Our childhood was populated by Shivaji’s tales of valour, but did you know that long before he was born, the Deccan was already an incredible place with an eclectic mix of warriors and intellectuals? Here are 3  incredible rulers from the Deccan you never knew about – 

  • Krishnadeva Raya of Vijayanagar

Krishnadeva, the Raya of Vijayanagar, was a man who breathed magnificence. Poets heaped praise on him by the dozen. Krishnadeva was a man destined for greatness, one subsequent text even painting him as an incarnation of Vishnu. Though his ancestral origins lay along the coast of Karnataka, the king donated more generously to temples in the Andhra and Tamil regions of his empire – starting in 1513 he visited Tirupati six times, showering the deity with riches, presenting also an arresting bronze image of himself with his two favourite queens. For all this, however, he was tormented by matters of succession. He had daughters (one of whom was a poet), and three sons. The first two died untimely deaths well before their illustrious father and the third was too young. So, in the end, Krishnadeva’s heir would come from that very fortress where he had locked up those blue-blooded rivals he feared could challenge his power and state. 

  • The Bahmanis

The Bahmanis, like most royal houses of their time, occupied a world of power, greed and the most intense internecine rivalries. Jealousies swirled all around them, poisoning bonds of blood and fidelity, brothers fighting brothers, suspicion breeding hatred. Cognizant of this, before he died in 1358, the first Sultan counselled his offspring to stand united, lest quarrelling drag their newly obtained state down an irreversible spiral of peril. One of his descendants, Muhammad Shah was called the ‘Aristotle of the Deccan’. One of his first deeds was to inaugurate a madrasa to educate the poor at the court’s expense, and a number of other benevolent acts were to follow – a train of 10,000 bullocks regularly went out to markets beyond his realm to bring grain to moderate the impact of the famine.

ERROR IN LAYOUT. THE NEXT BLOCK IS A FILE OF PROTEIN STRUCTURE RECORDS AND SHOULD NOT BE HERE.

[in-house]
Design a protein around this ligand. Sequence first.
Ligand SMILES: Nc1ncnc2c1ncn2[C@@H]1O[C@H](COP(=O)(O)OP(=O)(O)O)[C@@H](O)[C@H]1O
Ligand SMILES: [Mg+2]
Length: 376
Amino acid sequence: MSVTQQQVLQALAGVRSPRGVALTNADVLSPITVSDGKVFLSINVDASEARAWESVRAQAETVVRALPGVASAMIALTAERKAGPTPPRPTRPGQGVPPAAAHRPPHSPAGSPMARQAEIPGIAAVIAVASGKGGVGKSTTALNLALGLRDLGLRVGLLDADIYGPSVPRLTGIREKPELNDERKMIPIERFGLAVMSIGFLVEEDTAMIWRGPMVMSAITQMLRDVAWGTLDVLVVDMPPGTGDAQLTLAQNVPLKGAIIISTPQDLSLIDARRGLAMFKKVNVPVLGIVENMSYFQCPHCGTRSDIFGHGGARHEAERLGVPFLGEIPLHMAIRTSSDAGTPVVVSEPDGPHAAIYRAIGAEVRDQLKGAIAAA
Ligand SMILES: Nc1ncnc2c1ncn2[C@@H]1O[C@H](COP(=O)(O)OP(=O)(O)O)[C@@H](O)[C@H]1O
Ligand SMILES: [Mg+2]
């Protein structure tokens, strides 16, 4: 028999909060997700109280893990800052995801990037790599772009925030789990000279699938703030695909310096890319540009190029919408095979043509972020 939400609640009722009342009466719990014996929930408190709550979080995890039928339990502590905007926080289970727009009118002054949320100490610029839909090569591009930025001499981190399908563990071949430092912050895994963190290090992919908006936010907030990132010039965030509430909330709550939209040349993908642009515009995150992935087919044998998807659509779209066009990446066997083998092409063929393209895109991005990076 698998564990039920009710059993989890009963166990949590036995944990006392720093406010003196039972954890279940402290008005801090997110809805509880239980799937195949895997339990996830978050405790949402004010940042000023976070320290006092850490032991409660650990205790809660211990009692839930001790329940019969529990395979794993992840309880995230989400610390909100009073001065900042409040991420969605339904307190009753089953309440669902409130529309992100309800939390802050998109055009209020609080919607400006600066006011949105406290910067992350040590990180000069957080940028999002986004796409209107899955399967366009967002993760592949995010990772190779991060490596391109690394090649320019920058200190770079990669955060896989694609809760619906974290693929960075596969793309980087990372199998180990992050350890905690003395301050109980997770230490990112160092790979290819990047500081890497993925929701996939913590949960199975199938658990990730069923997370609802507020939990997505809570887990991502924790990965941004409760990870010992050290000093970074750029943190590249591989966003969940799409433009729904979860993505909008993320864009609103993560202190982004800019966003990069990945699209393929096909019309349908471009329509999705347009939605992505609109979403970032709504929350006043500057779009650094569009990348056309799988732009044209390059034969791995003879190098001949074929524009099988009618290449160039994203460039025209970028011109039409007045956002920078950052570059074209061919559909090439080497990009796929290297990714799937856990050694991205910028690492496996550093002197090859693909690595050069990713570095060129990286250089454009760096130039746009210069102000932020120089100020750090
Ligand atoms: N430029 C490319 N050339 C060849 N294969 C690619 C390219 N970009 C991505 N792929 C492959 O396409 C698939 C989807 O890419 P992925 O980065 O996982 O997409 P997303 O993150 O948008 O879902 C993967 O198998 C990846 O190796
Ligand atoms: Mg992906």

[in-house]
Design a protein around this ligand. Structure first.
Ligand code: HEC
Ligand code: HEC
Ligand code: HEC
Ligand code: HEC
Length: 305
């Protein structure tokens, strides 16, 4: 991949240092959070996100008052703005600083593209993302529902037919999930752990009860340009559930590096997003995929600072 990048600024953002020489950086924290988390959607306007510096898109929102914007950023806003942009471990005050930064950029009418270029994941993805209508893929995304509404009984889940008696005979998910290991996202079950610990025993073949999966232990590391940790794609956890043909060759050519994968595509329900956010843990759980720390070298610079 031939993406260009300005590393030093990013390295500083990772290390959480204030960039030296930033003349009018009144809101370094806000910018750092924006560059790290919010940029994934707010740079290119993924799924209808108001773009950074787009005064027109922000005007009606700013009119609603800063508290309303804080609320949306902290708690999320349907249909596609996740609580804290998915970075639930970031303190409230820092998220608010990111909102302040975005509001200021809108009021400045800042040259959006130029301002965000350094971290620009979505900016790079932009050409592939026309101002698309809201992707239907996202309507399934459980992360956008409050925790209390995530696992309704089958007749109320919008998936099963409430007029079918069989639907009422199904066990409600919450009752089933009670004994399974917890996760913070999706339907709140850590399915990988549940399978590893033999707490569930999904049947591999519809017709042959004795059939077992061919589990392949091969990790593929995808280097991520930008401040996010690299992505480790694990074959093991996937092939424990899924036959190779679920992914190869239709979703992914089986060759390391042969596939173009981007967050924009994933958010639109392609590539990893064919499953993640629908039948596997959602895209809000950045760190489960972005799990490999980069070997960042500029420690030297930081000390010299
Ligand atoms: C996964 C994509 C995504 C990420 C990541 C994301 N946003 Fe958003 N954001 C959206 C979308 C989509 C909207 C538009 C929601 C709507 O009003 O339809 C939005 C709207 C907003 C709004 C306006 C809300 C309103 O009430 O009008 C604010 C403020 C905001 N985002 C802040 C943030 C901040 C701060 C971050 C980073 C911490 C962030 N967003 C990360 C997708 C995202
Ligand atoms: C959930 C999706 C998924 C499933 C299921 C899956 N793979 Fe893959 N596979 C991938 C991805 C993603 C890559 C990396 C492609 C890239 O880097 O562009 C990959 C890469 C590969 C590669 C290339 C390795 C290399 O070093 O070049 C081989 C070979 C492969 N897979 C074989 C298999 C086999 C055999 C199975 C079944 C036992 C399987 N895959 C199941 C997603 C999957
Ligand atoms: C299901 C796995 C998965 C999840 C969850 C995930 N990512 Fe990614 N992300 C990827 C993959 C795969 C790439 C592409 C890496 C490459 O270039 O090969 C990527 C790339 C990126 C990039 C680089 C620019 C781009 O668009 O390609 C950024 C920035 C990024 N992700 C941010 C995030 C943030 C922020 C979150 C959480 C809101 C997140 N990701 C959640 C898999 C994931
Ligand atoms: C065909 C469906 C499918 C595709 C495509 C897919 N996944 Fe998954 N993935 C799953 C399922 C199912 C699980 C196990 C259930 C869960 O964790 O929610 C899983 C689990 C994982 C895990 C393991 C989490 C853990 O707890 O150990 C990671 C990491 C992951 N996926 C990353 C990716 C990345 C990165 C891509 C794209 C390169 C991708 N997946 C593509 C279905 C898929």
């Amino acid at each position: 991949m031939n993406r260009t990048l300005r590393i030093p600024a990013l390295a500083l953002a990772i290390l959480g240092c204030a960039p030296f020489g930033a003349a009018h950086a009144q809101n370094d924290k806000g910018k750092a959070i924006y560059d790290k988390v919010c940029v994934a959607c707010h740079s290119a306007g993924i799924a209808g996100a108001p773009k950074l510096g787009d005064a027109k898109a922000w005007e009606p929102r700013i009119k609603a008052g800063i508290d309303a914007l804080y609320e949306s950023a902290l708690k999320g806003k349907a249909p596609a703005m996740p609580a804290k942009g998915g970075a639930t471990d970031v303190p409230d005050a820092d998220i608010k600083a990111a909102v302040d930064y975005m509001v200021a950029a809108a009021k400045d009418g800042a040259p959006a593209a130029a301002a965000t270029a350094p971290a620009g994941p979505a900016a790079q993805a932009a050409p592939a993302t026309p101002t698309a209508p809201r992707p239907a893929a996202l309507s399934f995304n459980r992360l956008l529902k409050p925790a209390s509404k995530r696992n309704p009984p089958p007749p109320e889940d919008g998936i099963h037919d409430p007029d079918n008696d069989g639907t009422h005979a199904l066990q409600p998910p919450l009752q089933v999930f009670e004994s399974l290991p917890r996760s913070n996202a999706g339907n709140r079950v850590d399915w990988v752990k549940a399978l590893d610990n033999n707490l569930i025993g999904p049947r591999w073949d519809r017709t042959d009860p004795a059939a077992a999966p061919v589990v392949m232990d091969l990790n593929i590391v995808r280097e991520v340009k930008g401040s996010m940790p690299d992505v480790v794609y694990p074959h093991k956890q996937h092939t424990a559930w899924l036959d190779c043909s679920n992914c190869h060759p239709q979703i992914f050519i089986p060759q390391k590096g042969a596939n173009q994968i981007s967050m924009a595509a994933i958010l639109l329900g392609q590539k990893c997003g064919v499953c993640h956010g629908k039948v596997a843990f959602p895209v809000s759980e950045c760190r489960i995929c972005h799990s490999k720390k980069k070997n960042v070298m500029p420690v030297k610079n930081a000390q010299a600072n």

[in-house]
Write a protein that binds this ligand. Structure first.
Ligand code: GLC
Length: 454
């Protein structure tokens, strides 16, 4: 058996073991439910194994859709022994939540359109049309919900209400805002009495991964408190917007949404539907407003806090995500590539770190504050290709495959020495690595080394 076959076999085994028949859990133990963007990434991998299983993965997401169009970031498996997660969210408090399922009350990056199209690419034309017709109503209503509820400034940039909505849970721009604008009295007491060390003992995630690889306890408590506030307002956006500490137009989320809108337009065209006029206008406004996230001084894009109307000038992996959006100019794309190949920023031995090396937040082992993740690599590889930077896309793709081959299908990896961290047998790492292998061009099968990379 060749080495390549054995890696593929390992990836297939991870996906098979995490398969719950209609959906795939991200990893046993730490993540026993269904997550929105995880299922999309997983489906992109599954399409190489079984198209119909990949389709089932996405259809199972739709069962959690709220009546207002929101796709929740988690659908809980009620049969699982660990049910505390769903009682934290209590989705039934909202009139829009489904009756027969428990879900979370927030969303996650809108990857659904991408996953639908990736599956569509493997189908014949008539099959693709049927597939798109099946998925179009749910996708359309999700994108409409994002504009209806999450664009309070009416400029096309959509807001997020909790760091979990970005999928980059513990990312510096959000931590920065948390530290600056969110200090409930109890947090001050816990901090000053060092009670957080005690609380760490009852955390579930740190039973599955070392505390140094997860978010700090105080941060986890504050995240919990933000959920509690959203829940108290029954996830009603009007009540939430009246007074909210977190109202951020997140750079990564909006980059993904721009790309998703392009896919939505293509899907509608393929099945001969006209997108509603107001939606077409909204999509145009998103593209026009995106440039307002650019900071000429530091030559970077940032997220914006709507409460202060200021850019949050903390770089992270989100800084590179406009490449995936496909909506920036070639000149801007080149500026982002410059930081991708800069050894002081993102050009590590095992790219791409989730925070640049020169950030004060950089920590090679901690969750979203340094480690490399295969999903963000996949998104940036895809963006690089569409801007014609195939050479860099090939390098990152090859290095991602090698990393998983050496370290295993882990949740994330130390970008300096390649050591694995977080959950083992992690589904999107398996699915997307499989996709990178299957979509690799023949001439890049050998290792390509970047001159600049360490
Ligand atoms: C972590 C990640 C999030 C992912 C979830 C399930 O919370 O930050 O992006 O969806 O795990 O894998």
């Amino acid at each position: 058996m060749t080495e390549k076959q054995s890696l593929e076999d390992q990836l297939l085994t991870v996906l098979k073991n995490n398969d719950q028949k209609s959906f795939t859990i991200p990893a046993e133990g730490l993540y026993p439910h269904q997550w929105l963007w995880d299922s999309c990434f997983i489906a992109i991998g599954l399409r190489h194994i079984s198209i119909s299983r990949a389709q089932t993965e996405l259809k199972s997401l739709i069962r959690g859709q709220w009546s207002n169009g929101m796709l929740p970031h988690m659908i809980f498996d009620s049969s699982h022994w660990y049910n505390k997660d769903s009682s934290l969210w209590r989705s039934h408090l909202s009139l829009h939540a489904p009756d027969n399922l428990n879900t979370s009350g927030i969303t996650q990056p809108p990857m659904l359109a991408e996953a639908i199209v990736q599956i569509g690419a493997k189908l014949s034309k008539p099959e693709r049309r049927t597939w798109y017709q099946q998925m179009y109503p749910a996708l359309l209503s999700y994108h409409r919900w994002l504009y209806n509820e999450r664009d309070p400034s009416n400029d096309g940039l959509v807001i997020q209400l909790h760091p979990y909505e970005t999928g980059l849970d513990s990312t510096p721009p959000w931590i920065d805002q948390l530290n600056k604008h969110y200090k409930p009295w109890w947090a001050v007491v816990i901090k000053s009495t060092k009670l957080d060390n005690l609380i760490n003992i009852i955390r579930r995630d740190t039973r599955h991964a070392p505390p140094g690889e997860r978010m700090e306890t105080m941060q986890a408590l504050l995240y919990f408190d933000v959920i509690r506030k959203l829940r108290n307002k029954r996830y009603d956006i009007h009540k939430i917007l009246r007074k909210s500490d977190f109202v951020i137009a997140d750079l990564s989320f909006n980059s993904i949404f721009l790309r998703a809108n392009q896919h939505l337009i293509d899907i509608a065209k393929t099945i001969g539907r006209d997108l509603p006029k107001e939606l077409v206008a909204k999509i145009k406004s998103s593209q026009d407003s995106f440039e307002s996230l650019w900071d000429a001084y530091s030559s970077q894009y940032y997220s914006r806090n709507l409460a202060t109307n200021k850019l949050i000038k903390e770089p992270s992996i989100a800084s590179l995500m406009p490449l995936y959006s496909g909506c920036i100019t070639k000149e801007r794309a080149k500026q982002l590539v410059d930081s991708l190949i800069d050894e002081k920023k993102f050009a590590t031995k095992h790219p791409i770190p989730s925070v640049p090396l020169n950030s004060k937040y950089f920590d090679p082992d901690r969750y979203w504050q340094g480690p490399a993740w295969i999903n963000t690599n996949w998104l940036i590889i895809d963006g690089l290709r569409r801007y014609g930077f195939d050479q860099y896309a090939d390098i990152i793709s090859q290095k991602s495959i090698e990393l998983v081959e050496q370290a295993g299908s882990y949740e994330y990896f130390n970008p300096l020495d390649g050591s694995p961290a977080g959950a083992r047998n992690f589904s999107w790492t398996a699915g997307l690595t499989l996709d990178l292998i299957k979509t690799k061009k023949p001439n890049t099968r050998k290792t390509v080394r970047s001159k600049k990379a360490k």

Another descendant, born, however, from a manumitted slave, was raised to the throne by the disloyal courtier, with the lady in question acquiring for herself the fancy title of Malika-i-Jahan. For her and her creator, though, glory was short- lived. The blinded ex-king’s brothers-in-law, also descendants of Hasan, rescued him now, and eventually orchestrated a coup – the courtier who maimed his royal guest died painfully, and the dowager queen, who barely had time to savour her new-found position, was exiled to Mecca with her dethroned progeny. And so it was that Firoz Shah, the older of the brothers-in-law, ascended the Turquoise Throne as its eighth ruler in fifty years.

This monarch was something of an unusual creature for his time. Possessed of extraordinary intellectual capacities, he was a polyglot who knew Persian, Arabic and Turkish, as well as Telugu, Marathi, Gujarati and Bengali.He composed poetry under the names Firozi and Uruji, and read the Hebrew Bible. 

Nothing, however, could surpass Firoz Shah’s harem, which came to include women from Russia, China, Afghanistan and Central Asia and it was rumoured that he conversed, in bits and pieces at any rate, with each of them in her own tongue. 

  • Ibrahim Adil Shah II of Bijapur 

Ibrahim II was a Sunni but when he died, such were the suspicions around his true loyalties that his epitaph served primarily as a reassurance to all concerned: ‘No, Ibrahim in truth was not a Jew, neither a Christian; but he was a Muslim, and one pure of faith; certainly he was never of the idolators.’ The last line, as we will see, was insincere. This most fascinating of all the Adil Shahs of Bijapur had succeeded Ali Adil Shah and mounted the throne as a boy in 1580, two years before Akbar began his own experiments with faith and religious philosophy in the form of Din-i-Ilahi. The circumstances of Ibrahim II’s installation, though, were awkward – his uncle, Ali, a key constituent of the league that destroyed Vijayanagar, was put to death in his chambers one evening by ‘two handsome eunuchs who had for a long time excited his perverse attention’. With his heir, Ibrahim II, aged only nine, Chand Bibi, the Nizam Shahi princess married to the deceased Ali as part of the alliances that were formed in 1564, now assumed the regency.

This dowager was an extraordinary figure, described as ‘one of the greatest women that India has produced’ – and who would one day rank among the staunchest warriors for the independence of the Deccan.Notwithstanding her husband’s glances at eunuchs, she seemed to have enjoyed a successful marriage with him. Portraits of her show her hawking, and she could play the sitar, paint as a pastime and reportedly speak five languages. Evidently, she did not care very much for purdah and the established rules of feminine etiquette for, we are told, she frequently ‘accompanied her husband in his campaigns and rode by his side to battle. During times of peace a large portion of the public affairs were entrusted to her, and she gave audiences and transacted business in open durbar. She was beloved by all, not only for her daring, but also for her justice and firmness.’

Read more about incredible leaders from the Deccan in ‘Rebel Sultans: The Deccan from Khilji to Shivaji’ by Manu S. Pillai, which will be free on the Juggernaut App as part of #ReadersChoice.


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